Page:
An Under-Actuated and Adaptable Soft Robotic Gripper


M. Manti, T. Hassan, G. Passetti, N. d'Elia, M. Cianchetti, and C. Laschi, “An Under-Actuated and Adaptable Soft Robotic Gripper,” Living Machines, 2015.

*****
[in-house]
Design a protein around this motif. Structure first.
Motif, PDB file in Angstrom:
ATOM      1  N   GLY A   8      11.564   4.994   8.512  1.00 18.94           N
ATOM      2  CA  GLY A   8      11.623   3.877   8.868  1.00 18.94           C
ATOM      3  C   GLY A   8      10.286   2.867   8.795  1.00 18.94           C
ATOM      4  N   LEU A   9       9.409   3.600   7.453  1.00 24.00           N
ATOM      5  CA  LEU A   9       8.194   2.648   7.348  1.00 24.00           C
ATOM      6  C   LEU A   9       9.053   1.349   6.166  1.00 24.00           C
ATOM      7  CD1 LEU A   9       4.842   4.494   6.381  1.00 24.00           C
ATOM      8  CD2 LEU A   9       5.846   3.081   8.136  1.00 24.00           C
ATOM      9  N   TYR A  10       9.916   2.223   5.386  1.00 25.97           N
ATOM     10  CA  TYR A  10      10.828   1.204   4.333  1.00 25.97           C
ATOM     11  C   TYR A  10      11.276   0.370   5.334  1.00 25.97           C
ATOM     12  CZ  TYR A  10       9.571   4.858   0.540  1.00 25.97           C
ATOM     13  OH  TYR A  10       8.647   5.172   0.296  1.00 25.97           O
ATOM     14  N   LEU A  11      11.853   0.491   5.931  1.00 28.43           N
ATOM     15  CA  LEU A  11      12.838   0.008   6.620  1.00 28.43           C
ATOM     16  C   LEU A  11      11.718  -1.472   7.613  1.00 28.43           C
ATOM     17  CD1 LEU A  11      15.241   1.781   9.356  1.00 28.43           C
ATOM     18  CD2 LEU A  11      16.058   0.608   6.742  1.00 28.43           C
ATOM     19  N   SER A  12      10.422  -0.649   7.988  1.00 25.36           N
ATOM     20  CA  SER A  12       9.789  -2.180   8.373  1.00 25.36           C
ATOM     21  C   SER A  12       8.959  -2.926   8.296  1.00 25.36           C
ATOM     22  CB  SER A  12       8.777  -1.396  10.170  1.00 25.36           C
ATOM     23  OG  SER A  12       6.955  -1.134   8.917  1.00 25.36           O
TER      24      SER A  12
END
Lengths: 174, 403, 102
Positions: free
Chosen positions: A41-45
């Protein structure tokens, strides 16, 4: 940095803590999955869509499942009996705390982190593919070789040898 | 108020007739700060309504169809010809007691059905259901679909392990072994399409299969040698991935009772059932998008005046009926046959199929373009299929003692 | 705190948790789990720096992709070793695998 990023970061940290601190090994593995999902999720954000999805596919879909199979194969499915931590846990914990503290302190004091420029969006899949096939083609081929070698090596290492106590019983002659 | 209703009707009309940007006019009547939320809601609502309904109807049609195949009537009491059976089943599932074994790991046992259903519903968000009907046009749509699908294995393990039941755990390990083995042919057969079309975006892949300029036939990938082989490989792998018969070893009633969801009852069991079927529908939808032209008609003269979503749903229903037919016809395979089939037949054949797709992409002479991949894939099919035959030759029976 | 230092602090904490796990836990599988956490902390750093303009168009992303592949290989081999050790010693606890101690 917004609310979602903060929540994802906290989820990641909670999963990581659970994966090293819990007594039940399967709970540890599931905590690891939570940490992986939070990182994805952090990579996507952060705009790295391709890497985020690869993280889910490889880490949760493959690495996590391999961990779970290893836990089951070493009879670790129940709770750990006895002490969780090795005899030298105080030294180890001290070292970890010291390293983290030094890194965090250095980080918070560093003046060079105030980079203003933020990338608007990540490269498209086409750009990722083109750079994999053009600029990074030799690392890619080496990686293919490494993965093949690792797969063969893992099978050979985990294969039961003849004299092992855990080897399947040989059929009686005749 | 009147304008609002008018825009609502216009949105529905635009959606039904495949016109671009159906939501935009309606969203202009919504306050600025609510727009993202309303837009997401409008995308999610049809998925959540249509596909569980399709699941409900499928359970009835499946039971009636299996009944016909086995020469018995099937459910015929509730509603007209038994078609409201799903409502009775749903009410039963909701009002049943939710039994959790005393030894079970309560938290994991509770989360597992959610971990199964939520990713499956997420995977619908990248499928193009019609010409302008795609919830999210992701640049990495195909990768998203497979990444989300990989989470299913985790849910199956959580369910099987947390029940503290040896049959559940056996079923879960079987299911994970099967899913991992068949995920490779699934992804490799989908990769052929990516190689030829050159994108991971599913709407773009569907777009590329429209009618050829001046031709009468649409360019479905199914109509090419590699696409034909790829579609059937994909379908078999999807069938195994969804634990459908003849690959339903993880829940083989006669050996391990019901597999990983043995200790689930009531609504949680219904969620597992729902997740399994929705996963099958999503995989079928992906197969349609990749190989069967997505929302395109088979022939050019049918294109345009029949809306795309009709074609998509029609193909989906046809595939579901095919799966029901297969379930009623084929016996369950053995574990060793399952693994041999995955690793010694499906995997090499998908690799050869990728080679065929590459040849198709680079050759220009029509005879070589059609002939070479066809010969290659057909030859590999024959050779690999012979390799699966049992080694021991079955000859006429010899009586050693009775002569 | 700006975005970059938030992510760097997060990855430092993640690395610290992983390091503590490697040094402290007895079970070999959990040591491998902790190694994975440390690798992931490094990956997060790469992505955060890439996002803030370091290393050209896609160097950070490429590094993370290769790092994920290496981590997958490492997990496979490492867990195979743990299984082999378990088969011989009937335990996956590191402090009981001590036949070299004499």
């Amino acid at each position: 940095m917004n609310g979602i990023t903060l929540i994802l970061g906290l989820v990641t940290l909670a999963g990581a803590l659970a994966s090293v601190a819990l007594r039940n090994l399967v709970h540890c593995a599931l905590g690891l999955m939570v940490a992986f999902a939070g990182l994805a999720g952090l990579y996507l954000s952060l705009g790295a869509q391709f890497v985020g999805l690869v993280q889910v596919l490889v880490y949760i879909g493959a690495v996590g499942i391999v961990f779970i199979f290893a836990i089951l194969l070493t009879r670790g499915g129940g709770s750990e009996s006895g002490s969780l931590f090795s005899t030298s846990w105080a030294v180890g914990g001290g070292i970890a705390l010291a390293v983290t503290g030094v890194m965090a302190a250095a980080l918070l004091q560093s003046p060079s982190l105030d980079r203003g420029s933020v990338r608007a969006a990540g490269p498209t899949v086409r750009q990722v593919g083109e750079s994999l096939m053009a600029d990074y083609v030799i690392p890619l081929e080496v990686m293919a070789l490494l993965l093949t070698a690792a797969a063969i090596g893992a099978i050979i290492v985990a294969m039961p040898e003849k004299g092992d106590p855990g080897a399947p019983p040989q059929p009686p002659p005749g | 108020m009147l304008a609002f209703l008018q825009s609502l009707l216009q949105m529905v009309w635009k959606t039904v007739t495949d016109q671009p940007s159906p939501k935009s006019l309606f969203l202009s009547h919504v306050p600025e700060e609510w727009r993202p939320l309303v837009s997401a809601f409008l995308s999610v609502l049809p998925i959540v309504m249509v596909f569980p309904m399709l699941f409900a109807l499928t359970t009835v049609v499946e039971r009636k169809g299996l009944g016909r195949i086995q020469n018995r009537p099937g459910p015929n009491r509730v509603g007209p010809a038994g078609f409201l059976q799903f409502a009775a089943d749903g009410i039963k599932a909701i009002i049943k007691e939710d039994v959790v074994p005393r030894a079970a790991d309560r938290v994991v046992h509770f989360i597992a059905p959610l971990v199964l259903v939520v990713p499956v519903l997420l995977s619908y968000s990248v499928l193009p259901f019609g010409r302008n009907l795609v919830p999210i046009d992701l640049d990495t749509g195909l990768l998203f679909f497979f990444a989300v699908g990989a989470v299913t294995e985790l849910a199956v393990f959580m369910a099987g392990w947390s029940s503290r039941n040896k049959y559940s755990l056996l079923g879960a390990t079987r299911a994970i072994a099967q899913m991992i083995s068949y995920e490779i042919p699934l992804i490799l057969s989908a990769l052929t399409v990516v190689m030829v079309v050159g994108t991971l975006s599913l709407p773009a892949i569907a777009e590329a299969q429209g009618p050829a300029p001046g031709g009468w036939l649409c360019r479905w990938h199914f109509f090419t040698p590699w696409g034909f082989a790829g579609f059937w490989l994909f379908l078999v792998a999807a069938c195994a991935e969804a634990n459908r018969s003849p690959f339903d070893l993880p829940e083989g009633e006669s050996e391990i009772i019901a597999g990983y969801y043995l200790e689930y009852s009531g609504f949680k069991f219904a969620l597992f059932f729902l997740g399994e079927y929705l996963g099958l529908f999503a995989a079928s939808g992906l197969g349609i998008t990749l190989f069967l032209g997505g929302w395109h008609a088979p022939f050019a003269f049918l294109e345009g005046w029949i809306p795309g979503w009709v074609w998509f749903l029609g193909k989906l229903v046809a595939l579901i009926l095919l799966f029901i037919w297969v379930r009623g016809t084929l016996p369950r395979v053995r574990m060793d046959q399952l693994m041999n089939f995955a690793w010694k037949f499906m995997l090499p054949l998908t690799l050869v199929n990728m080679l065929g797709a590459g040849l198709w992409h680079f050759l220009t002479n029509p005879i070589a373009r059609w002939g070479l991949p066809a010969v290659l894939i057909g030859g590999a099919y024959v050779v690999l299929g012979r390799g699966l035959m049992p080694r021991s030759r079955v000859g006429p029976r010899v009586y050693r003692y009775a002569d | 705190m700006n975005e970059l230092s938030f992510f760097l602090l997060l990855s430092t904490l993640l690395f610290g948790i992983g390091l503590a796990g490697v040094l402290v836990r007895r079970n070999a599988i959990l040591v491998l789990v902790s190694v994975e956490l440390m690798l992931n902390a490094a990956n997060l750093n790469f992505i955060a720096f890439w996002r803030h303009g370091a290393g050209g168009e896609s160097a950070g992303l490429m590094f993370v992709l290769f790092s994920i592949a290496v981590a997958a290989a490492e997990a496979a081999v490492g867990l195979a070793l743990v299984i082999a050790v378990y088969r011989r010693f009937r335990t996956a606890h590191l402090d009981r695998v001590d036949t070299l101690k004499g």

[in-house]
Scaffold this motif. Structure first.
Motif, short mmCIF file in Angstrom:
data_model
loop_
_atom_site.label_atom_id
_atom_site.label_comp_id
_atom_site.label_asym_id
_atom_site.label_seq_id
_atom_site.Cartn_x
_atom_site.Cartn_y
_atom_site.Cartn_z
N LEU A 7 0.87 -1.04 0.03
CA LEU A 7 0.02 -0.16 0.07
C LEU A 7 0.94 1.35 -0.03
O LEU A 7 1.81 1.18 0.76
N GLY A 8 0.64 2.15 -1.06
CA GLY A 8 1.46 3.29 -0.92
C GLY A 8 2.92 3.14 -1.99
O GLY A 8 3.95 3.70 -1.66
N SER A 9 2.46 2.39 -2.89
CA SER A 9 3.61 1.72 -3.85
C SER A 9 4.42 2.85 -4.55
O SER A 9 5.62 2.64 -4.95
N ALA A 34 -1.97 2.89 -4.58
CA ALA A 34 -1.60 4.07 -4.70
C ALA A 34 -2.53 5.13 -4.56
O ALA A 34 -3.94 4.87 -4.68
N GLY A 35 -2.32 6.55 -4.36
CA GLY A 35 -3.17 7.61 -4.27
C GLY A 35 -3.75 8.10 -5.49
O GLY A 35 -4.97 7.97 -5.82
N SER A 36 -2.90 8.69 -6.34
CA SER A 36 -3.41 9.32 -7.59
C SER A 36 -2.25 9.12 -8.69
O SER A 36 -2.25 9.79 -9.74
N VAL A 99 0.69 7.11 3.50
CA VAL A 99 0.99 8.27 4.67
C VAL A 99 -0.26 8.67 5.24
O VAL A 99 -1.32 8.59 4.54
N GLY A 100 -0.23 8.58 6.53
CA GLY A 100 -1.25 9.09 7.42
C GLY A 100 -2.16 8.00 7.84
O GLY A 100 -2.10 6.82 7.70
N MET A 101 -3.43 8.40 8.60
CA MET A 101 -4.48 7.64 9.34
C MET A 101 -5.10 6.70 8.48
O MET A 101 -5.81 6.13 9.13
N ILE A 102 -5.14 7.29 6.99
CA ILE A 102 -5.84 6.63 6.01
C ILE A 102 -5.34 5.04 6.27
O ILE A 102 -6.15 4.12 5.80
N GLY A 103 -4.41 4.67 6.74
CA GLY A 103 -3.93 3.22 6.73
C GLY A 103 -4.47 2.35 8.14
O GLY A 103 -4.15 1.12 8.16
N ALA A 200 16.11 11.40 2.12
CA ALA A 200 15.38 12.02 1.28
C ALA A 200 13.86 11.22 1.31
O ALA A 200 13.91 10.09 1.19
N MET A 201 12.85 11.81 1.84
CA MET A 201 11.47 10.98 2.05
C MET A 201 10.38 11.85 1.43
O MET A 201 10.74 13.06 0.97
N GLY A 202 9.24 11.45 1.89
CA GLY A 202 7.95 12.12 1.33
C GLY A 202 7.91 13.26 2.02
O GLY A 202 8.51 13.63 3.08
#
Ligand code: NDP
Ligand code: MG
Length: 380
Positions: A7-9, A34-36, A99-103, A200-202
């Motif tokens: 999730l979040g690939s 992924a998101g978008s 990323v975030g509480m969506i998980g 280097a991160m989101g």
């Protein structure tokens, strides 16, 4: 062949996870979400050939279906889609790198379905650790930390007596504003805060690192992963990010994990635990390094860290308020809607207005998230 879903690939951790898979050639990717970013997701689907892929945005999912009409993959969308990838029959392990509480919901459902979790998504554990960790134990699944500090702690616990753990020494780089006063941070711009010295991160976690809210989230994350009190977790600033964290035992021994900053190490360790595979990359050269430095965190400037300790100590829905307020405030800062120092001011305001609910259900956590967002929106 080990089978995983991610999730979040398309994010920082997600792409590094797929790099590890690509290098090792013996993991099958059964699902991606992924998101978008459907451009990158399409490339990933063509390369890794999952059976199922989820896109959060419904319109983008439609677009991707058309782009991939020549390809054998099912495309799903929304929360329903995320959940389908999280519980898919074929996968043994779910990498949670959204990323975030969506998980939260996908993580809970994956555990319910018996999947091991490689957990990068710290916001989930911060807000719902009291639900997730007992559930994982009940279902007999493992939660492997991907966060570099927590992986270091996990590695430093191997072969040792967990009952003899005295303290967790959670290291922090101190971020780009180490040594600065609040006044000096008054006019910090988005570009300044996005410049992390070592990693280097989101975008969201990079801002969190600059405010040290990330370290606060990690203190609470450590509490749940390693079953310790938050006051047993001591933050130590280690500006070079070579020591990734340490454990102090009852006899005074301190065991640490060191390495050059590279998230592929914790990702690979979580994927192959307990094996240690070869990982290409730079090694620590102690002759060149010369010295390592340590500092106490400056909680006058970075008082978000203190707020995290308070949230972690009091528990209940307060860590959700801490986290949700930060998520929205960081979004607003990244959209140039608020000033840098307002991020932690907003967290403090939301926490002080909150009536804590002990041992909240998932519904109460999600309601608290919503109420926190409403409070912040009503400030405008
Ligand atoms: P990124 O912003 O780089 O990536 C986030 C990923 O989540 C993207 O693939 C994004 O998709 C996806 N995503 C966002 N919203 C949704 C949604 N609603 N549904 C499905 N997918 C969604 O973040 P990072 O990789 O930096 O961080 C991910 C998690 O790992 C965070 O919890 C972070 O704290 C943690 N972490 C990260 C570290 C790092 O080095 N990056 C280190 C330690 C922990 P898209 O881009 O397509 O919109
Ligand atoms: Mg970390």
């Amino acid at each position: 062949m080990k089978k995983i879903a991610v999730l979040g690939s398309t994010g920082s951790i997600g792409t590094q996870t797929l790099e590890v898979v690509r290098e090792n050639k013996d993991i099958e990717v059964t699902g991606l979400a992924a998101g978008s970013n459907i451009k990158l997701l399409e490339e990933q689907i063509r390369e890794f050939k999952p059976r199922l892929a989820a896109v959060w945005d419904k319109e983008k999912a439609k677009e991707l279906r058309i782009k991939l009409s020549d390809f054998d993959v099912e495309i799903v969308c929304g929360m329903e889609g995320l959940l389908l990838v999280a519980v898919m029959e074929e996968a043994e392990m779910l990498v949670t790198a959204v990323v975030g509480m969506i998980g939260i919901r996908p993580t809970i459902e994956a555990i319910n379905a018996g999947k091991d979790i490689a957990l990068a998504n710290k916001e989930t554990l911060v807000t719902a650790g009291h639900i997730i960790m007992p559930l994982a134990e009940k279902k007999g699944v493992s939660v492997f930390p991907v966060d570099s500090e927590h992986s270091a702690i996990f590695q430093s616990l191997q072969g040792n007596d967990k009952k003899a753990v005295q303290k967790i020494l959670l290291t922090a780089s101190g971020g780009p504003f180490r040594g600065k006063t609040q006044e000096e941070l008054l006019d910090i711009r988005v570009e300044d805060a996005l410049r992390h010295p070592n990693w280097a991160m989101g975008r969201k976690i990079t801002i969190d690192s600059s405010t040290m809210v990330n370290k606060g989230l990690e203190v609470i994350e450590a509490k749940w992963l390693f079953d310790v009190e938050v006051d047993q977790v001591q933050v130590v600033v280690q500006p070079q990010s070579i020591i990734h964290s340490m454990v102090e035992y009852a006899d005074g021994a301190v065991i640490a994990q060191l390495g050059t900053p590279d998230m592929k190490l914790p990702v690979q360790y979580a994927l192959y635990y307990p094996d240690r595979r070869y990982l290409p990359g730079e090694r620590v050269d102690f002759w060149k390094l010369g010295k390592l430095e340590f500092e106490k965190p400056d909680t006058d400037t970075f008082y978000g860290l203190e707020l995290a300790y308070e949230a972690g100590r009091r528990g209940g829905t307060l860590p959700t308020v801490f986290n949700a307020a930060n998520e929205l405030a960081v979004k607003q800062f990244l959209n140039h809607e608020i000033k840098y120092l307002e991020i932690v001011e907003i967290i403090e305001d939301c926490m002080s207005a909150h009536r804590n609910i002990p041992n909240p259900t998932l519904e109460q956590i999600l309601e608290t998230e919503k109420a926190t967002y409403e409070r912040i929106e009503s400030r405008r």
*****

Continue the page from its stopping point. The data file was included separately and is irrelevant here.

Development of soft robotic devices with grasping capabilities is an active research area. The inherent property of soft materials, to distribute contact forces, results in a more effective robot/environment interaction with simpler control. In this paper, a three-finger under-actuated adaptable soft gripper is proposed, highlighting the design and manufacturing process. A novel design and actuation principle have been implemented to obtain the desired grasping abilities, from mechanical properties of materials and structures. Soft materials have been used to make each finger, for a high adaptability of the gripper to different shapes. We implemented an under-actuated mechanism through a wire loop actuation system, that helps achieving passive adaptation during grasping. Passive adaptability allows to drive the device with a reduced number of control parameters. The soft gripper has been lodged into an experimental setup endowed with one actuation unit for the synchronous flexion of its fingers. Grasping and holding capabilities have been tested by evaluating the grasp stability with target objects varying in shape, size and material. Adaptability makes this soft device a good application of morphological computation principles in bio-inspired robots design, where proper design of mechanical features simplifies control.

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